Bernard McNamee, a climate change denier who helped write the Trump administration's failed coal and nuclear bailout plan, was confirmed Thursday as a commissioner on the Federal Energy Regulatory Commission (FERC).
The Senate approved the nominee on a straight party-line vote of 50-49 after Sen. Joe Manchin, the pro-coal Democrat of West Virginia, withdrew his support due to his concerns about McNamee's stance on climate change.
President Trump's nomination of the fossil fuel lawyer as one of the FERC's five commissioners was strongly opposed by environmentalists, public health groups and elected leaders.
Senator Sheldon Whitehouse (D-R.I.), a member of the Senate Committee on Environment, noted McNamee's deep ties to the Koch brothers and called his appointment "conceivably the worst" out of Trump's energy appointments.
Trump admin has distinguished itself with terrible energy appointments. #McNamee is conceivably the worst. It i… https://t.co/OGYkjuqMrz— Sheldon Whitehouse (@Sheldon Whitehouse)1544189578.0
In a February video posted by Utility Dive, McNamee criticized renewable energy and environmental groups, called carbon dioxide "not a real pollutant" and described fossil fuels as "key to our way of life." He was speaking for the Koch-funded Texas Public Policy Foundation where he worked at the time.
Also during his speech, he said he told his son to "just deny" climate science in school. "I don't care if you get an 'F,'" he said.
As FERC commissioner, Bernard McNamee will choose fossil fuels over the future of our planet every time. His record… https://t.co/9LCDNY88Gx— Rep. Joe Kennedy III (@Rep. Joe Kennedy III)1544132247.0
As the executive director of the Office of Policy with the Department of Energy, McNamee was the architect of Energy Secretary Rick Perry's $34 billion coal and nuclear bailout proposal that was unanimously rejected by FERC last January. He has hesitated to recuse himself on issues related to the coal bailout scheme he engineered, the Sierra Club noted.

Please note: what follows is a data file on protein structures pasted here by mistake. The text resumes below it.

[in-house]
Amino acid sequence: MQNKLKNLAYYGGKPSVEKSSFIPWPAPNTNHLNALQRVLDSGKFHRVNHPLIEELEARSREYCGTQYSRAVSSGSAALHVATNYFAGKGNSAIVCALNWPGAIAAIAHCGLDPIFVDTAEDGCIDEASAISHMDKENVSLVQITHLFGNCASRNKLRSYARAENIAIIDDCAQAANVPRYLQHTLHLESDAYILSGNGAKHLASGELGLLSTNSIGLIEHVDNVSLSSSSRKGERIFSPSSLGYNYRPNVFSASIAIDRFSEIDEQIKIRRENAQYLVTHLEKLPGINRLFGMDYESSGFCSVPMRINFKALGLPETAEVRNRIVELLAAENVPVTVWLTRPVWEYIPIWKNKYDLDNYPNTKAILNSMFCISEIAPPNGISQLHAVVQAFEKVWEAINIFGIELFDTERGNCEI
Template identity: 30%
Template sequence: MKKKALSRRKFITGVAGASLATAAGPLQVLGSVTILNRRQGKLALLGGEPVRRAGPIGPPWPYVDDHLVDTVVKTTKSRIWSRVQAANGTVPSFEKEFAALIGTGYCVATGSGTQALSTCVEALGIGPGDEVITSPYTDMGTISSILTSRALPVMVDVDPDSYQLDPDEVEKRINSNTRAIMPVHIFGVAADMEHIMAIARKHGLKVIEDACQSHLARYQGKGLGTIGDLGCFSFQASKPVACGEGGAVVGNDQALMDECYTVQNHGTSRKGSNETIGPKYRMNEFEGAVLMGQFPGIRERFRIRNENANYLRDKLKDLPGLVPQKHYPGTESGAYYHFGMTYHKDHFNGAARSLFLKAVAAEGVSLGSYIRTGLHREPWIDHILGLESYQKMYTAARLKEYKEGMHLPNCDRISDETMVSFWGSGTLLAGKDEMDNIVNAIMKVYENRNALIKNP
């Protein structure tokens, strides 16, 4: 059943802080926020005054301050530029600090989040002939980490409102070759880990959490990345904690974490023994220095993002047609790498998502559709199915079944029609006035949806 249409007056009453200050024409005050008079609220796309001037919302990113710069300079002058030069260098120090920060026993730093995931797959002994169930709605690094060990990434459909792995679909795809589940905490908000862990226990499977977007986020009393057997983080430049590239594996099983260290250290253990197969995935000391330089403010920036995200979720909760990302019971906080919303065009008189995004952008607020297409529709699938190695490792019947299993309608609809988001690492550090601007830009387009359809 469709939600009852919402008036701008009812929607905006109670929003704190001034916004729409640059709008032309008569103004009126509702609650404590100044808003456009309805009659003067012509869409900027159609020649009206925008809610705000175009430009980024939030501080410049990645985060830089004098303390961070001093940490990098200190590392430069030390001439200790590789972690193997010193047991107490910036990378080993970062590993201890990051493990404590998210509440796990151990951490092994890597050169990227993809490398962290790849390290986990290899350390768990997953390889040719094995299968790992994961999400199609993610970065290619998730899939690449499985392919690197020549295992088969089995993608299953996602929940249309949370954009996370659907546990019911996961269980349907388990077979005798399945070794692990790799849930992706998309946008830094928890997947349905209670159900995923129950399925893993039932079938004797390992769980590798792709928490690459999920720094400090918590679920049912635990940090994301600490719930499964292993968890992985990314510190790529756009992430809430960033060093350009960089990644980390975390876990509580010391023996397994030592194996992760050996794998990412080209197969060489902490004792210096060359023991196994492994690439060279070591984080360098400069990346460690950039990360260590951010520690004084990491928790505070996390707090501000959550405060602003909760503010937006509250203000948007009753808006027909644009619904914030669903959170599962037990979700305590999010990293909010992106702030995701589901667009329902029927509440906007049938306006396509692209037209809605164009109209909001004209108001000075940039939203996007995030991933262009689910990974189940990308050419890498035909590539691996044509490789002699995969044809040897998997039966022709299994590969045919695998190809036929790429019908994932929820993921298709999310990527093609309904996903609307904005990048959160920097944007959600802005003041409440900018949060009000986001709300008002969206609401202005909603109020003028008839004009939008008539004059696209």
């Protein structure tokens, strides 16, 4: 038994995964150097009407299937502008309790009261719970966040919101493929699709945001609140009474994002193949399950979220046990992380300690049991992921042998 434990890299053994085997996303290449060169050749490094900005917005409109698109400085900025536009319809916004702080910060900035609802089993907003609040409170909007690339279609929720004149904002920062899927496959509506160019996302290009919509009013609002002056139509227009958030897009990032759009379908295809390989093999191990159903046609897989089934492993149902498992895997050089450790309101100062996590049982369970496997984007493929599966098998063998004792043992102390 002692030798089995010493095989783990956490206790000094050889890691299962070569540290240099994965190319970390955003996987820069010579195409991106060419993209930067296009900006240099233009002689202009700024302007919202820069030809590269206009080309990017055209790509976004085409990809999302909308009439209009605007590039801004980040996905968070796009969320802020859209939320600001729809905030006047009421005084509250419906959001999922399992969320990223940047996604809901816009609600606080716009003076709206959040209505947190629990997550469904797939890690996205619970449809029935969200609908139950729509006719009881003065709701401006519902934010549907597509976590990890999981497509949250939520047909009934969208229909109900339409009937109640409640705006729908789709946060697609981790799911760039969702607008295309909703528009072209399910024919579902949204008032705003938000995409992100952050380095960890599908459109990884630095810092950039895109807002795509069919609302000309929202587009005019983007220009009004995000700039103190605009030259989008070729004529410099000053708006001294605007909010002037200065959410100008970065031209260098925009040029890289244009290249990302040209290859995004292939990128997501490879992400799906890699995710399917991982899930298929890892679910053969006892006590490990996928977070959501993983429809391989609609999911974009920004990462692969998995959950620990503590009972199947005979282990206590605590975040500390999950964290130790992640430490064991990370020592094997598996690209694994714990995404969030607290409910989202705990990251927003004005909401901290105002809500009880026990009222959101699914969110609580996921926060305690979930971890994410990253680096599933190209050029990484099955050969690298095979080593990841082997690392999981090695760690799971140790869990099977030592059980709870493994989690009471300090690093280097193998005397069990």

"At a time when consumers, businesses and forward-thinking utilities are embracing the clean energy revolution, we don't need a FERC commissioner who endorses the Trump administration's schemes to keep the dying coal and nuclear industries on life support," Kenneth Cook, president of the Environmental Working Group, said in a press release sent to EcoWatch.
One of the Most Important Agencies You've Never Heard of Is Being Taken Over by Trump https://t.co/bkve9uNMTd— EcoWatch (@EcoWatch)1539037213.0
FERC has historically been an independent agency that regulates the interstate transmission of electricity, natural gas and oil but has moved more partisan thanks to Trump. McNamee, who will fill a seat vacated by Robert Powelson, has boosted FERC's partisan split to 3-2 in favor of Republicans.
"The Senate's reckless decision to place Bernard 'Coal Bailout' McNamee on FERC is a major threat to the Commission's independence and integrity," said Mary Anne Hitt, senior director of the Sierra Club's Beyond Coal campaign in a press release. "From this day forward we will do everything we can to guarantee that he follows the law, treats clean energy sources fairly, and recuses himself from all matters pertaining to his failed coal bailout scheme. It's essential that we have a fair and lawful FERC moving forward."